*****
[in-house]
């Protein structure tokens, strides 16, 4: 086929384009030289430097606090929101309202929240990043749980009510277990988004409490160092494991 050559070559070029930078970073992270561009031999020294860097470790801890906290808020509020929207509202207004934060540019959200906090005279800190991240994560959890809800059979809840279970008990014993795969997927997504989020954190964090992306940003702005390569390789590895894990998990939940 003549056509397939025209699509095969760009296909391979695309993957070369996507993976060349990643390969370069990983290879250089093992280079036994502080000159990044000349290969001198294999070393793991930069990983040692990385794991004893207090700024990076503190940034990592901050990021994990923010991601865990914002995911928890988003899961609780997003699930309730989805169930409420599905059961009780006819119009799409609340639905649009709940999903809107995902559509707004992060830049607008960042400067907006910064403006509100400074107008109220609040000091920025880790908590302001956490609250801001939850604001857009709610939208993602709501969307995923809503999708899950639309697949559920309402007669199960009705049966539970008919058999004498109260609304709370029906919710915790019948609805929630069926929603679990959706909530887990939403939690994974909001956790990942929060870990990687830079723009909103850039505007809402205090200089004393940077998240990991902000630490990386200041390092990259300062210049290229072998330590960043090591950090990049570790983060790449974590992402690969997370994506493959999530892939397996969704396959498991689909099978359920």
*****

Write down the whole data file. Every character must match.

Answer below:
[in-house]
């Protein structure tokens, strides 16, 4: 086929384009030289430097606090929101309202929240990043749980009510277990988004409490160092494991 050559070559070029930078970073992270561009031999020294860097470790801890906290808020509020929207509202207004934060540019959200906090005279800190991240994560959890809800059979809840279970008990014993795969997927997504989020954190964090992306940003702005390569390789590895894990998990939940 003549056509397939025209699509095969760009296909391979695309993957070369996507993976060349990643390969370069990983290879250089093992280079036994502080000159990044000349290969001198294999070393793991930069990983040692990385794991004893207090700024990076503190940034990592901050990021994990923010991601865990914002995911928890988003899961609780997003699930309730989805169930409420599905059961009780006819119009799409609340639905649009709940999903809107995902559509707004992060830049607008960042400067907006910064403006509100400074107008109220609040000091920025880790908590302001956490609250801001939850604001857009709610939208993602709501969307995923809503999708899950639309697949559920309402007669199960009705049966539970008919058999004498109260609304709370029906919710915790019948609805929630069926929603679990959706909530887990939403939690994974909001956790990942929060870990990687830079723009909103850039505007809402205090200089004393940077998240990991902000630490990386200041390092990259300062210049290229072998330590960043090591950090990049570790983060790449974590992402690969997370994506493959999530892939397996969704396959498991689909099978359920």